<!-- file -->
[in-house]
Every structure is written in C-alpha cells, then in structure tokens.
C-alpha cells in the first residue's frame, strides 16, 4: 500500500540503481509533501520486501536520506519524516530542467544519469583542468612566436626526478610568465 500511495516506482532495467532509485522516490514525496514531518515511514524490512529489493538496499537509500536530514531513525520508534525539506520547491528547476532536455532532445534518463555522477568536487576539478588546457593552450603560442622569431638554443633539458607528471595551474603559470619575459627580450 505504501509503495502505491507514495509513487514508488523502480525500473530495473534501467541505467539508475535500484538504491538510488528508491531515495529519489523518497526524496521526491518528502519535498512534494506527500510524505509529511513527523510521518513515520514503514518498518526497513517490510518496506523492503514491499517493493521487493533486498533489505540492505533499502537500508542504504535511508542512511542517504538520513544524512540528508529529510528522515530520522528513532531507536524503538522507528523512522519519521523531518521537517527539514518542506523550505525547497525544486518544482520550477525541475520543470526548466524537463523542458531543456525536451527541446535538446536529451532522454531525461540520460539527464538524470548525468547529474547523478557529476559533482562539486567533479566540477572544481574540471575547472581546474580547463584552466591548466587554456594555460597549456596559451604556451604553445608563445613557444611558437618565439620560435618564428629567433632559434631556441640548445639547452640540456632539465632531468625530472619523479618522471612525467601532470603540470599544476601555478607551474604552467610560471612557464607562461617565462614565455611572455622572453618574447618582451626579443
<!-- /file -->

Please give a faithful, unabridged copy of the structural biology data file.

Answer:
[in-house]
Every structure is written in C-alpha cells, then in structure tokens.
C-alpha cells in the first residue's frame, strides 16, 4: 500500500540503481509533501520486501536520506519524516530542467544519469583542468612566436626526478610568465 500511495516506482532495467532509485522516490514525496514531518515511514524490512529489493538496499537509500536530514531513525520508534525539506520547491528547476532536455532532445534518463555522477568536487576539478588546457593552450603560442622569431638554443633539458607528471595551474603559470619575459627580450 505504501509503495502505491507514495509513487514508488523502480525500473530495473534501467541505467539508475535500484538504491538510488528508491531515495529519489523518497526524496521526491518528502519535498512534494506527500510524505509529511513527523510521518513515520514503514518498518526497513517490510518496506523492503514491499517493493521487493533486498533489505540492505533499502537500508542504504535511508542512511542517504538520513544524512540528508529529510528522515530520522528513532531507536524503538522507528523512522519519521523531518521537517527539514518542506523550505525547497525544486518544482520550477525541475520543470526548466524537463523542458531543456525536451527541446535538446536529451532522454531525461540520460539527464538524470548525468547529474547523478557529476559533482562539486567533479566540477572544481574540471575547472581546474580547463584552466591548466587554456594555460597549456596559451604556451604553445608563445613557444611558437618565439620560435618564428629567433632559434631556441640548445639547452640540456632539465632531468625530472619523479618522471612525467601532470603540470599544476601555478607551474604552467610560471612557464607562461617565462614565455611572455622572453618574447618582451626579443